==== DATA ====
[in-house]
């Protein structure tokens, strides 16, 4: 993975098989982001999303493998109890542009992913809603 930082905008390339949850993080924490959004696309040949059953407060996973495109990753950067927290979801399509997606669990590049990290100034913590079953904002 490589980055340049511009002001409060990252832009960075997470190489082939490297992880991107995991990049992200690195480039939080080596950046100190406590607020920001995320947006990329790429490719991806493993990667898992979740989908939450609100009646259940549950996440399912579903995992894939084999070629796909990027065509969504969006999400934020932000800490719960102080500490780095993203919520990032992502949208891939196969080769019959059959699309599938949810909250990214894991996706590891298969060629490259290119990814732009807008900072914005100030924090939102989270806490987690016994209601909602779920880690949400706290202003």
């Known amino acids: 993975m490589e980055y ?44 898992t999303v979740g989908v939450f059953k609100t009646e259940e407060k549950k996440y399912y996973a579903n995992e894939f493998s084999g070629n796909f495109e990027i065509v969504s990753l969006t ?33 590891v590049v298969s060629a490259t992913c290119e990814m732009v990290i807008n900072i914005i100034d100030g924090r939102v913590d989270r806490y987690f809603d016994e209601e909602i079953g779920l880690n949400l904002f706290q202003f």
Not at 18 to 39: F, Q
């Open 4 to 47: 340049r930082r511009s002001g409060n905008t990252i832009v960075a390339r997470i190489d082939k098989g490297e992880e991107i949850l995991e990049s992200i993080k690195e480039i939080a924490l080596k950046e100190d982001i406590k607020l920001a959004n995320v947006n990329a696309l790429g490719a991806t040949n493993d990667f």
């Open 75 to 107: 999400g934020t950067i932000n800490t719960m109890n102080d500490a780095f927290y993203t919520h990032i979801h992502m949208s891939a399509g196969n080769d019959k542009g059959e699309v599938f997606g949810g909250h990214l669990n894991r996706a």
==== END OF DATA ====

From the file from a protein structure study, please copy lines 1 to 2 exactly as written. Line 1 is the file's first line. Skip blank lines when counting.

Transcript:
[in-house]
């Protein structure tokens, strides 16, 4: 993975098989982001999303493998109890542009992913809603 930082905008390339949850993080924490959004696309040949059953407060996973495109990753950067927290979801399509997606669990590049990290100034913590079953904002 490589980055340049511009002001409060990252832009960075997470190489082939490297992880991107995991990049992200690195480039939080080596950046100190406590607020920001995320947006990329790429490719991806493993990667898992979740989908939450609100009646259940549950996440399912579903995992894939084999070629796909990027065509969504969006999400934020932000800490719960102080500490780095993203919520990032992502949208891939196969080769019959059959699309599938949810909250990214894991996706590891298969060629490259290119990814732009807008900072914005100030924090939102989270806490987690016994209601909602779920880690949400706290202003």